with specific instructions about what I’m supposed to do. I’m just saying.
Yesterday, SH told me he has resigned as music director at G.A. That’s the church I started at 20+ years ago. The church the kids and X still go to and the place where “our” friends have become “his” friends. But it’s also a place with a new pastor, (2 years) who is experienced at community organizing, committed to praying and acting for justice as a way of proclaiming the gospel. It’s a church that is considering being a RIC (Reconciling in Christ – an association of Lutheran congregations that is public in it’s welcoming of all people.) It’s a congregation that is becoming a more multi-generational congregation. A congregation that has done foundational work for starting a choir/music-school as outreach for neighborhood families. A congregation that is already paying it’s PT (27 hours/week) cantor benefits. A congregation that is 4 blocks from my house (I could park the car and if I use grocery delivery service could not drive for possibly many days at a time!) But it’s also a congregation that I’ve been wounded by. A congregation that has people that might find it difficult to see me as a leader in addition to the broken person I am (that all church workers are, btw.)
Then, there’s Holden Village that is currently without a village musician. That would be a lifelong dream to serve there. That would be a 1 year comittment. Another “interim” that would really only delay this process for another year. And would require me to move 1500 miles away. Would require going back to court probably to amend the visitation/custody agreement. And besides the money would probably never fly. Would require that I sell the house (or give it over to X) for what do I do about a house with a mortgage and a $400/month stipend (although I would have medical and dental coverage) and an X husband and a dog?
Or there’s a church in Washington State (suburb of Seattle area) that is seeking a 3/4 musician and is a church that looks like it is praying and acting for justice in the public arena. An area that I’m spending a week visiting at the end of July. But again, would require moving 1500 miles, but it would/could be a permanent position (not a 1 year stint, like Holden). But there’s that X husband/children thing that I’ve been assuming means I can’t look outside the metro area.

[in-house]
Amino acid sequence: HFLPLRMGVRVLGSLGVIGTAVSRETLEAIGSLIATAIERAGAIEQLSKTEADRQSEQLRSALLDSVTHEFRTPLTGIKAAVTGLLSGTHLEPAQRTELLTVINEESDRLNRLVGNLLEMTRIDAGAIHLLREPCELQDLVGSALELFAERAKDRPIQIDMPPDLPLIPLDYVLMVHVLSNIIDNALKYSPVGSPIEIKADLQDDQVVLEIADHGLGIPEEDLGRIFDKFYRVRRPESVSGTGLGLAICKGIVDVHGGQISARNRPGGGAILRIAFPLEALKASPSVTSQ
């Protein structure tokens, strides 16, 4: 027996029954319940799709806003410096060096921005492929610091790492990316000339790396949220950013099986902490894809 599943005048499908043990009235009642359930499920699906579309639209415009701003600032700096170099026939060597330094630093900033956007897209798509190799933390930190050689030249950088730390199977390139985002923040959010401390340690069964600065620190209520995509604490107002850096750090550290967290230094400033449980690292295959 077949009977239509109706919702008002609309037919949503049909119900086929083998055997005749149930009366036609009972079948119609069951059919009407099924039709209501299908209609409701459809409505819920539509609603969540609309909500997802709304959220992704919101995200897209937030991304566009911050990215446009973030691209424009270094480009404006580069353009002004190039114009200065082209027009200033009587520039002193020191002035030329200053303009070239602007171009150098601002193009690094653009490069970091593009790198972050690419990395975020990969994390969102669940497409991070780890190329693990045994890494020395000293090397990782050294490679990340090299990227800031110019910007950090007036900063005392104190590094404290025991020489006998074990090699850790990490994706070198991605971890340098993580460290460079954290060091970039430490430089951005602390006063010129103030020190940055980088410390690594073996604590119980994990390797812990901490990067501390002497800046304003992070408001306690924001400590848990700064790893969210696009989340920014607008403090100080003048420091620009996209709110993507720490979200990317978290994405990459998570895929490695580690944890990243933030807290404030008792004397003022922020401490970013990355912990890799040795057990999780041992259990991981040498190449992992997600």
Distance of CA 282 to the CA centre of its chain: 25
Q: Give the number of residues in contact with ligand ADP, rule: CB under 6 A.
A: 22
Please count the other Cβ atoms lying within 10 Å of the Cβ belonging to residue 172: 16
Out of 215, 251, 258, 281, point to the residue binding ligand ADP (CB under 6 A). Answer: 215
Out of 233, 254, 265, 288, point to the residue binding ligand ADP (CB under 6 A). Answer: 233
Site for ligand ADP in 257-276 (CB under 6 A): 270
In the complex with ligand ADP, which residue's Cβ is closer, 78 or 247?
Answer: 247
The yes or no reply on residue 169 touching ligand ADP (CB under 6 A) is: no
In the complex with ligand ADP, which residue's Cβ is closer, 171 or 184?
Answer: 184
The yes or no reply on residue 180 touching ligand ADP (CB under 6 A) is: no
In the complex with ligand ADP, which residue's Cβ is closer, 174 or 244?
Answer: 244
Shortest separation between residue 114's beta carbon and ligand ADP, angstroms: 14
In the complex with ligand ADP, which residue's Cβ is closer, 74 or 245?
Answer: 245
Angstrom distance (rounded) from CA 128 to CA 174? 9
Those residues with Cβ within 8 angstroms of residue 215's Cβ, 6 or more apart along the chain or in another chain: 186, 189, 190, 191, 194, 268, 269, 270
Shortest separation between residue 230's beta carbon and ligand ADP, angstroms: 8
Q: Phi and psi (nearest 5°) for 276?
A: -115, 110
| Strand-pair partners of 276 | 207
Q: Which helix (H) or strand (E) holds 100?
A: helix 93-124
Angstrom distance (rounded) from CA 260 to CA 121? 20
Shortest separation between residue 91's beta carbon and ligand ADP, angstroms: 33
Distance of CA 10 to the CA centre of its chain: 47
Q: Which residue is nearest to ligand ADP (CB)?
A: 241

I got a very nice response from the executive director of the St. Paul council of churches.
“I’m sad that I have to tell you that we are no longer receiving applications. We received 84 by the June 18th deadline. Your cover letter and resume look very good. I will keep your résumé in case we reopen the position, because no one we are now interviewing is hired. I look forward to meeting you when I visit [the church where I'm working]. I wish you the best.”
And a bit of a weasley response from the program director at the Minnesota council of churches (which only confirms my unease about the place and position that I told Sr. N about. I thought I wrote about that but damned if I can find the post. Oh well.)
“In quickly reviewing your resume, it appears that your work in social justice is strongly grounded, and well-articulated. And that there’s been a relatively recent (Aug 05 training with Gamaliel) understanding of faith-based community organizing, but probably a longer history of commitment to social justice issues that spawned participating in such an intense training process.
Organizing in the faith community is a relatively “tricky” endeavor, as you already must know. And doing it in the context of 24 member judicatories, within the Minnesota Council of Churches, adds a layer of accountability that most organizers can find cumbersome. The commitment to social justice at the Council isn’t reduced, but the processes and approaches that we use to pursue social justice may have a different look and feel, in large part because of that word “accountability.””
And my overall assessment of this process is that job searching and dating really are the same thing. And there’s a limit on the amount of rejection (based on personal or personnell characteristics) that one person can take at a time.